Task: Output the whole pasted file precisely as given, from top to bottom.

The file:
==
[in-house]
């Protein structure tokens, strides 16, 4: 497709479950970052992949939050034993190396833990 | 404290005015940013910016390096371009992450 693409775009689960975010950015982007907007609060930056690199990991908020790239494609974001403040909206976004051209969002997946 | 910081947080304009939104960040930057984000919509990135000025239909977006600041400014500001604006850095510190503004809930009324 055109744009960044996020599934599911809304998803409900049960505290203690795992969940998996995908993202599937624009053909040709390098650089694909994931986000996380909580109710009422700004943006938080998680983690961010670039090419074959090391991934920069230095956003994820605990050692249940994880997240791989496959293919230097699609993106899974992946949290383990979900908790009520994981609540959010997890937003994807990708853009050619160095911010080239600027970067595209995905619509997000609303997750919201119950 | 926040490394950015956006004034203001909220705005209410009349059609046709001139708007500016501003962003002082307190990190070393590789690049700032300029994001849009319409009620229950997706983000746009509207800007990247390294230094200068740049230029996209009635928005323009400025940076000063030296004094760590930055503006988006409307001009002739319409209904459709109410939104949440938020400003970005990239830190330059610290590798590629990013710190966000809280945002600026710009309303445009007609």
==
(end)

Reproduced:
[in-house]
């Protein structure tokens, strides 16, 4: 497709479950970052992949939050034993190396833990 | 404290005015940013910016390096371009992450 693409775009689960975010950015982007907007609060930056690199990991908020790239494609974001403040909206976004051209969002997946 | 910081947080304009939104960040930057984000919509990135000025239909977006600041400014500001604006850095510190503004809930009324 055109744009960044996020599934599911809304998803409900049960505290203690795992969940998996995908993202599937624009053909040709390098650089694909994931986000996380909580109710009422700004943006938080998680983690961010670039090419074959090391991934920069230095956003994820605990050692249940994880997240791989496959293919230097699609993106899974992946949290383990979900908790009520994981609540959010997890937003994807990708853009050619160095911010080239600027970067595209995905619509997000609303997750919201119950 | 926040490394950015956006004034203001909220705005209410009349059609046709001139708007500016501003962003002082307190990190070393590789690049700032300029994001849009319409009620229950997706983000746009509207800007990247390294230094200068740049230029996209009635928005323009400025940076000063030296004094760590930055503006988006409307001009002739319409209904459709109410939104949440938020400003970005990239830190330059610290590798590629990013710190966000809280945002600026710009309303445009007609």